Have you ever purchased an extra car, boat, or even vacation home? If you have, you may know that most experts recommend having an exit or selling strategy in place before making the purchase. As a top-level executive, you’ve likely experienced this on a corporate level too. For example, you might have allocated funds to purchase a corporate asset with the selling strategy in place for the future, whether the company no longer needed the asset or the company is able to make a profit on the asset.
Regardless, the concept of a selling strategy is not foreign to any corporate executive, and it’s one that applies if you hold restricted stock units (RSU). While more traditional retirement and equity compensation plans for employees don’t really require any type of sales strategy until after age 60, you can benefit greatly by developing an RSU selling strategy with the help of an experienced executive financial advisor. Once your RSUs vest and convert to shares of company stock, having a plan for what you’ll do with them can ensure you fully take advantage of this type of compensation.
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The Tax Impact of Selling Your Vested RSUs
When developing an RSU selling strategy, the first thing to do is ensure you understand how RSUs are taxed.
When RSUs vest, they are considered income and you are required to pay income tax on the value of those shares. There are strategies, such as filing at 83(b) election or withholding shares to cover the income tax owed, to minimize your tax bill when your RSUs vest. This is one reason why we recommend working with a financial advisor when you’re granted RSUs, so you can fully optimize your RSU tax strategy from the start.
Regardless of your tax strategy at vesting, however, if the value of the stock goes up in the time between when the RSU vests and when you sell the share, you can expect to pay either short or long-term capital gains tax on the profit you realize. Accounting for this tax impact in the context of your unique financial situation is why having an RSU selling strategy is so crucial.
Questions That Drive Your RSU Selling Strategy
The RSU selling strategy you choose should reflect your financial needs, as well as take into account your future plans. When developing your strategy, there are a few basic questions to ask:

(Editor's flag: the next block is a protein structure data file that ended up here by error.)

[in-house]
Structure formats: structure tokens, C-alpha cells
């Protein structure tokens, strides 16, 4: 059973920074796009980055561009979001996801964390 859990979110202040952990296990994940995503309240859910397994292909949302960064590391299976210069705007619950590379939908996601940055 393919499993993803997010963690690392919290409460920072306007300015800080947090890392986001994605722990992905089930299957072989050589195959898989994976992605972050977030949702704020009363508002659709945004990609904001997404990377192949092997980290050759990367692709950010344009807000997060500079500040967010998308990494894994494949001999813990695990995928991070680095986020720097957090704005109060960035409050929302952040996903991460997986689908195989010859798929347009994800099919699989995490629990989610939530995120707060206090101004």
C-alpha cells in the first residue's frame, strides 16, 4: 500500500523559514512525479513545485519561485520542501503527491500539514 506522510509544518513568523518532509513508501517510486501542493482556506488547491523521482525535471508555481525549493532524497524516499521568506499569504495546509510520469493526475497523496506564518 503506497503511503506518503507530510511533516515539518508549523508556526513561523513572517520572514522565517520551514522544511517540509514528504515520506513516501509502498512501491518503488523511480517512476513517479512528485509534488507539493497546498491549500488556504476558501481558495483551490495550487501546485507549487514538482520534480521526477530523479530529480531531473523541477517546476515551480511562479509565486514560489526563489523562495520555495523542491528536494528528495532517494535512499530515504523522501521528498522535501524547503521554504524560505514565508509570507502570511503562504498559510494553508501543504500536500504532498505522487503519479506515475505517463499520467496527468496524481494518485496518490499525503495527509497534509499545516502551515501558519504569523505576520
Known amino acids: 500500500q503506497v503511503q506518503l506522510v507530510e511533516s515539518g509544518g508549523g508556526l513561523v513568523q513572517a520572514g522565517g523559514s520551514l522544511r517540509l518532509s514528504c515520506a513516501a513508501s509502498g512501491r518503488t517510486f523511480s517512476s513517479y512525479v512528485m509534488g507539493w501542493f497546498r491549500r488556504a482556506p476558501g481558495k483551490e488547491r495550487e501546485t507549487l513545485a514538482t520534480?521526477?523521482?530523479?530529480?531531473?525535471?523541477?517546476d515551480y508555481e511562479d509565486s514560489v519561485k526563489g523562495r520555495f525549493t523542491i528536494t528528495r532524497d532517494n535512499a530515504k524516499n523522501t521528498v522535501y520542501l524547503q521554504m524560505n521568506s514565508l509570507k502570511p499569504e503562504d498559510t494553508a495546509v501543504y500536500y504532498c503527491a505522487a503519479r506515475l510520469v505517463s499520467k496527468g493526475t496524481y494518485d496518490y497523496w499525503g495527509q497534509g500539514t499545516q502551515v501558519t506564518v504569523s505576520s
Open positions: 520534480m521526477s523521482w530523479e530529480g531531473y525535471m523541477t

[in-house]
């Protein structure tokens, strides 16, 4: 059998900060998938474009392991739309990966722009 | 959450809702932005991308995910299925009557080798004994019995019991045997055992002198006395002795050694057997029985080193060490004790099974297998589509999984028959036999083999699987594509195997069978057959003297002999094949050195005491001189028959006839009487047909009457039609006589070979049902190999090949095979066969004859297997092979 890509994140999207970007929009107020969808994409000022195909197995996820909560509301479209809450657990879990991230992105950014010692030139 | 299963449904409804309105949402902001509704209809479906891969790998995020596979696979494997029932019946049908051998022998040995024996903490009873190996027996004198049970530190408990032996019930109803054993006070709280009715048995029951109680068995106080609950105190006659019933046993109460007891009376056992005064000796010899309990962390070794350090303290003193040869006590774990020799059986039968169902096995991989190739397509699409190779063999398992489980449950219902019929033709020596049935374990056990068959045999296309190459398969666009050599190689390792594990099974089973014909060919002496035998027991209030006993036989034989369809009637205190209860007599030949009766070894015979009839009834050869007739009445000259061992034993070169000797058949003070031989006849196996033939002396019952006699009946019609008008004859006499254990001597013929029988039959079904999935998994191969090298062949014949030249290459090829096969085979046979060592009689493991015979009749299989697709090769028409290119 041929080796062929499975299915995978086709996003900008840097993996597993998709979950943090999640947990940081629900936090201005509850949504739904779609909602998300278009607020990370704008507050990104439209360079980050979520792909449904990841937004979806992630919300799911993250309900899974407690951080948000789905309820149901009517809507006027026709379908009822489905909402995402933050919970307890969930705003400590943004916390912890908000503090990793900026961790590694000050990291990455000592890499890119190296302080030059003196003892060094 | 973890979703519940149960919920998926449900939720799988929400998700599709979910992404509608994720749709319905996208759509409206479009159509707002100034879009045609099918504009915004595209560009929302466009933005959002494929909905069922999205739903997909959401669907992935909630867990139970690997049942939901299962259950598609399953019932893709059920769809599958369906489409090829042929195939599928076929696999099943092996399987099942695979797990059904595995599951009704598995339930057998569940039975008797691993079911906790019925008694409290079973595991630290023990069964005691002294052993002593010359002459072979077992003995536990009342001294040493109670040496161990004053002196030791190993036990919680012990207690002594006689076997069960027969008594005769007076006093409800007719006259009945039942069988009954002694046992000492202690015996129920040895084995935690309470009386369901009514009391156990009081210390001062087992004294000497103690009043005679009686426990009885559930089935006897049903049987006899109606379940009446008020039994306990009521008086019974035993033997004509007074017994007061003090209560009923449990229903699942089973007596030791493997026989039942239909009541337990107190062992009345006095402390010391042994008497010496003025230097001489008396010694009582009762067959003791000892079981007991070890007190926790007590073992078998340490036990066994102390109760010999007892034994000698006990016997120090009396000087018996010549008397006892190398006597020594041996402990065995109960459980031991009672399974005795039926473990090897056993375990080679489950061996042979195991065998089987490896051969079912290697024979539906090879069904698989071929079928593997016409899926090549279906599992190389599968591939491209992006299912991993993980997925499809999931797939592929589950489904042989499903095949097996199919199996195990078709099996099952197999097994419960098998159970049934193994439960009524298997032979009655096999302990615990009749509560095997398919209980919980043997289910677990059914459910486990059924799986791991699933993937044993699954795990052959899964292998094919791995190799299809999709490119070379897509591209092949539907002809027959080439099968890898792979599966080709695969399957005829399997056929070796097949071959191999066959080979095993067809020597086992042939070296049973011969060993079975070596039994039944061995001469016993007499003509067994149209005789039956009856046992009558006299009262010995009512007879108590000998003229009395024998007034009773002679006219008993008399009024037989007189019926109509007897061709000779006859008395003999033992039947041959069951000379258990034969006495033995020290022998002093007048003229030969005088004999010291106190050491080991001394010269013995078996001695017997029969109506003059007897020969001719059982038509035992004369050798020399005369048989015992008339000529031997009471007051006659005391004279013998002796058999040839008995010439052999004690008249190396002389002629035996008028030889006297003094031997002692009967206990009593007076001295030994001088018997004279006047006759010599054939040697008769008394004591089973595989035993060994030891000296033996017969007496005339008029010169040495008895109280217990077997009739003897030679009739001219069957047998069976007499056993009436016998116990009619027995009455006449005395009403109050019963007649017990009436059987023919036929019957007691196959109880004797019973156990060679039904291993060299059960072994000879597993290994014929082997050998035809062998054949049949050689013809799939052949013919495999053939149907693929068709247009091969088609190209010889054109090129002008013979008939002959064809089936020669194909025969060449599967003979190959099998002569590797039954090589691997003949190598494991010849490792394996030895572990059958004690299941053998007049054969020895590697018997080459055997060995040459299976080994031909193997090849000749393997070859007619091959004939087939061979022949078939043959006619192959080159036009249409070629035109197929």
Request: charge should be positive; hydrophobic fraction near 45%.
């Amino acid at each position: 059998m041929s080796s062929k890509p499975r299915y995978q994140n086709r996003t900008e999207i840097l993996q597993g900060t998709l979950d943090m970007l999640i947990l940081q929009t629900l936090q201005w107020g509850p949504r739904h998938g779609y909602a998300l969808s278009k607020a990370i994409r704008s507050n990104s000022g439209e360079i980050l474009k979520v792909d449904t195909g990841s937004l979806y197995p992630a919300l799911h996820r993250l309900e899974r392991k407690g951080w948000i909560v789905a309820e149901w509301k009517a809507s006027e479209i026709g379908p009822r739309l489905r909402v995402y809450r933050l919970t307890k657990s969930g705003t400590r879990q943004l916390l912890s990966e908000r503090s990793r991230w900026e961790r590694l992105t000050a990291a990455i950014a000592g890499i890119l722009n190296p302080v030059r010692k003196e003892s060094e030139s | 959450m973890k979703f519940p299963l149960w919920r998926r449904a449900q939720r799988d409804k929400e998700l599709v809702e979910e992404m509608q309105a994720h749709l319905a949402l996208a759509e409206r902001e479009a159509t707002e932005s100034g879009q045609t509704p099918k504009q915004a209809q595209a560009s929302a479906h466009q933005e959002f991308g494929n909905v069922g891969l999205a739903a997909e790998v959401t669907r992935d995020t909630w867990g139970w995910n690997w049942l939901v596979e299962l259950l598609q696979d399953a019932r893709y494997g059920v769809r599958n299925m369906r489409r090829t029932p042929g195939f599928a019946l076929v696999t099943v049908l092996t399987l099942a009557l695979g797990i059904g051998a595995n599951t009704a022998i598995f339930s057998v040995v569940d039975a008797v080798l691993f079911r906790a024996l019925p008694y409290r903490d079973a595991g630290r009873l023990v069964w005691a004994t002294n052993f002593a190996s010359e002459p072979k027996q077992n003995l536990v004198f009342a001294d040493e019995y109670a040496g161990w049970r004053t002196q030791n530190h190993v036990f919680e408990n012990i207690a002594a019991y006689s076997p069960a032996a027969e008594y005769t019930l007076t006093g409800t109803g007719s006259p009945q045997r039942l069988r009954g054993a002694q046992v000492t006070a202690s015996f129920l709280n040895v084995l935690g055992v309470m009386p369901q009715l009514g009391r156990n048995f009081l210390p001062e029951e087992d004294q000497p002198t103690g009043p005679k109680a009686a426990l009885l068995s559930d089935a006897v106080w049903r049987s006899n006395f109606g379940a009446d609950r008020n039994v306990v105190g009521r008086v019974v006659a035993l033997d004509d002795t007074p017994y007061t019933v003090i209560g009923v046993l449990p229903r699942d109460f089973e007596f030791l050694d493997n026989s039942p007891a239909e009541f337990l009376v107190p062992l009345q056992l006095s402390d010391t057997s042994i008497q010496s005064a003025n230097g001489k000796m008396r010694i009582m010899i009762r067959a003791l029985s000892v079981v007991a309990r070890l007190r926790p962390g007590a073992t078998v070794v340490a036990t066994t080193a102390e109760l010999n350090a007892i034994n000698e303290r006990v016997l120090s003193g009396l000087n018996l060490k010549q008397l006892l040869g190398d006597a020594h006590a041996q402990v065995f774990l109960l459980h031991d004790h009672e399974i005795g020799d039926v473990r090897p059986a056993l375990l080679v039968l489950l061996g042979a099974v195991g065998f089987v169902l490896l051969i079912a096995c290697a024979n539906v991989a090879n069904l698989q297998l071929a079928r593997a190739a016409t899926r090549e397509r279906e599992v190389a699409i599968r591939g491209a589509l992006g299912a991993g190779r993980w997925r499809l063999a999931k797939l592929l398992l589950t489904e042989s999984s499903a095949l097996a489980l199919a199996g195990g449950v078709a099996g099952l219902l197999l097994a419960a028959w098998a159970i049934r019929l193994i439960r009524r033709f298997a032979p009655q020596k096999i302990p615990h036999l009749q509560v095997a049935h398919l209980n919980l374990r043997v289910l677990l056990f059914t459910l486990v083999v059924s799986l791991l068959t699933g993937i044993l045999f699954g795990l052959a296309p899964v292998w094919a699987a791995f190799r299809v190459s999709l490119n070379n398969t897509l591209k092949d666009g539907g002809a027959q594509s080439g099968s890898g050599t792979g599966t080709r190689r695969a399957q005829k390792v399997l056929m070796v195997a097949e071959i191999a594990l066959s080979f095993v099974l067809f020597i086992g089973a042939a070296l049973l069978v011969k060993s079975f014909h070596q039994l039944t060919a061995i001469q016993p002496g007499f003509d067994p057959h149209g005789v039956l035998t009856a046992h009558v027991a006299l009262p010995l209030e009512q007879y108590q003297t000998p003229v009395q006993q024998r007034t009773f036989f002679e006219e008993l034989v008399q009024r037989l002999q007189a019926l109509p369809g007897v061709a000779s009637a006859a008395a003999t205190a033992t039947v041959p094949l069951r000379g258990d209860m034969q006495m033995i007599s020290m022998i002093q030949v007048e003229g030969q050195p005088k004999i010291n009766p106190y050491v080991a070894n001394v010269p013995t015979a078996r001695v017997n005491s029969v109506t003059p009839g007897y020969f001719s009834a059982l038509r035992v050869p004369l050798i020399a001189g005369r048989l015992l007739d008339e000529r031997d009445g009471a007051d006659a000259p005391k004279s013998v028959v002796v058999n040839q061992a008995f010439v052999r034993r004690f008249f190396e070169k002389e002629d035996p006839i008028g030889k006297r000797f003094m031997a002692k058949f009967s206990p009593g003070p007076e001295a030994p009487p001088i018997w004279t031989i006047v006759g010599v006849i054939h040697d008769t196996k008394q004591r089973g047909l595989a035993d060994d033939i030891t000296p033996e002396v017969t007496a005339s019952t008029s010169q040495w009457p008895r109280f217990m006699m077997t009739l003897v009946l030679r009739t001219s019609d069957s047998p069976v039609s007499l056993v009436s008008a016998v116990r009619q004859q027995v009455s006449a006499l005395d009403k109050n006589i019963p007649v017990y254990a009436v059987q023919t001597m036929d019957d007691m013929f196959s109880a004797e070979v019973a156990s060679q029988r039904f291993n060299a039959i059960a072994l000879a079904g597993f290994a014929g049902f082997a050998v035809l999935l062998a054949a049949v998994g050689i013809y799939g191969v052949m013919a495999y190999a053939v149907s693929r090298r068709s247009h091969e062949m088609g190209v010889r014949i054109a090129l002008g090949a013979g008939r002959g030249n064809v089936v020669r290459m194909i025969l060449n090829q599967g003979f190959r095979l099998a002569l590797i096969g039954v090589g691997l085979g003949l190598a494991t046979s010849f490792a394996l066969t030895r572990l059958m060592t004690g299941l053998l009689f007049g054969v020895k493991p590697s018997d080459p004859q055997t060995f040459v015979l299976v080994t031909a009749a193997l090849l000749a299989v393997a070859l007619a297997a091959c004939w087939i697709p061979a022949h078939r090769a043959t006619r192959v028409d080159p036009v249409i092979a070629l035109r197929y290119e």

- Why are you selling? Your motive for selling will affect the strategy you employ. Are you looking to diversify out of a concentrated stock position? Is there a specific asset you’re looking to reinvest in? This is the first and most basic question we ask executives when guiding their RSU selling strategy.
- What is your company’s outlook? Your company’s anticipated success and stock price will play a large role in your strategy, particularly in terms of when you sell your shares.
- Does your employer require you to hold company stock? Some employers require top-level executives to hold a certain amount of company stock in their portfolios. If you plan to stay employed at your company past when your RSUs vest, it’s important to know these requirements to ensure you comply.
Once you’ve answered these questions, there are several RSU selling strategies to consider.
RSU Selling Strategy Options
Realistically, you have several options when it comes to your restricted stock units, due to the nearly unlimited amount of alternative investments you could shift your shares into after selling. For example, you could sell half of your vested shares and diversify your portfolio by investing in a hard asset, such as rental income properties.
You should also know that your selling strategy may have some parameters due to section 16(b) of the Securities Exchange Act. This affects executives officers, directors, and stockholders with large positions, typically 10% or more. It essentially says that the previously mentioned individuals are not allowed to profit from the sale of stock units that vested within the past six months. Your company will have informed you if you fall under the 16(b) guidelines, but as a precaution, top-level executives should expect to hold their shares at least six months after vesting before selling.